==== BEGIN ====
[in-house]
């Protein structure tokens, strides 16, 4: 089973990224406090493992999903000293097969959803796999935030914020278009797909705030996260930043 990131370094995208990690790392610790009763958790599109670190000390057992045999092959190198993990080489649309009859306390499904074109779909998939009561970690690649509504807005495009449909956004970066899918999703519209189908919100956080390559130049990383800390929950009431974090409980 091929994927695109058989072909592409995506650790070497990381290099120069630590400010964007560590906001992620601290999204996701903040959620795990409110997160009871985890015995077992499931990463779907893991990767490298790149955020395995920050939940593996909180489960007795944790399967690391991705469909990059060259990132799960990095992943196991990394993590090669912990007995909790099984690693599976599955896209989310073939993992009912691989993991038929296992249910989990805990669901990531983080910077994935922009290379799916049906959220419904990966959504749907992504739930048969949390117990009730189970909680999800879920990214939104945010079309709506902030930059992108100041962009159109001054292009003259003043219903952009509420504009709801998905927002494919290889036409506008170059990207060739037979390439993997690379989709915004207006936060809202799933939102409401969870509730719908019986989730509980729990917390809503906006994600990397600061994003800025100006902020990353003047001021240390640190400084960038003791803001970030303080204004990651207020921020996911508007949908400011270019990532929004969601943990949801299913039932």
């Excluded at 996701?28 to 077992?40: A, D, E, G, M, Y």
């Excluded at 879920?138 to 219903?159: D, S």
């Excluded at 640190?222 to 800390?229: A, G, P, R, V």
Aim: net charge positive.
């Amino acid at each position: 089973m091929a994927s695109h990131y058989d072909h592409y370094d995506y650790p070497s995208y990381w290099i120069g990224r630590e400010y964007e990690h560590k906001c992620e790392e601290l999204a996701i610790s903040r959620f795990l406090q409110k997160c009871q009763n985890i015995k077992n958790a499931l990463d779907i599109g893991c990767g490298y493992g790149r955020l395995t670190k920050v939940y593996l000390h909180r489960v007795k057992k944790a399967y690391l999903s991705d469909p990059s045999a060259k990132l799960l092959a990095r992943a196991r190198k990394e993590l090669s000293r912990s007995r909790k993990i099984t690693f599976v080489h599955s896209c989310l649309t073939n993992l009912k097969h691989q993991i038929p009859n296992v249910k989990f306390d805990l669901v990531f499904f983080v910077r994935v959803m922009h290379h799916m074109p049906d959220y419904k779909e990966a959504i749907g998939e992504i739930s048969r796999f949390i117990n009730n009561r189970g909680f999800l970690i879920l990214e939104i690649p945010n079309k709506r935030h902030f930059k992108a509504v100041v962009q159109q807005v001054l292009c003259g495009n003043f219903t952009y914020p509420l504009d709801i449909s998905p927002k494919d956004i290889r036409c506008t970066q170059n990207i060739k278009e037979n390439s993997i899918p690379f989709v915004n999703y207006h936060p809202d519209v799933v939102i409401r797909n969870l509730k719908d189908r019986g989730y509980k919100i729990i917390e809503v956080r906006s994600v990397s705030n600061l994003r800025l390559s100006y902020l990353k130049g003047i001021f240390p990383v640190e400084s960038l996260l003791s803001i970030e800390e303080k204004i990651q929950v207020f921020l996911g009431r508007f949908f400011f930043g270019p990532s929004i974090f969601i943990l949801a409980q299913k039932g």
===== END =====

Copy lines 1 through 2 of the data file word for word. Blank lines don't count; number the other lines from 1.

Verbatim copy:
[in-house]
């Protein structure tokens, strides 16, 4: 089973990224406090493992999903000293097969959803796999935030914020278009797909705030996260930043 990131370094995208990690790392610790009763958790599109670190000390057992045999092959190198993990080489649309009859306390499904074109779909998939009561970690690649509504807005495009449909956004970066899918999703519209189908919100956080390559130049990383800390929950009431974090409980 091929994927695109058989072909592409995506650790070497990381290099120069630590400010964007560590906001992620601290999204996701903040959620795990409110997160009871985890015995077992499931990463779907893991990767490298790149955020395995920050939940593996909180489960007795944790399967690391991705469909990059060259990132799960990095992943196991990394993590090669912990007995909790099984690693599976599955896209989310073939993992009912691989993991038929296992249910989990805990669901990531983080910077994935922009290379799916049906959220419904990966959504749907992504739930048969949390117990009730189970909680999800879920990214939104945010079309709506902030930059992108100041962009159109001054292009003259003043219903952009509420504009709801998905927002494919290889036409506008170059990207060739037979390439993997690379989709915004207006936060809202799933939102409401969870509730719908019986989730509980729990917390809503906006994600990397600061994003800025100006902020990353003047001021240390640190400084960038003791803001970030303080204004990651207020921020996911508007949908400011270019990532929004969601943990949801299913039932």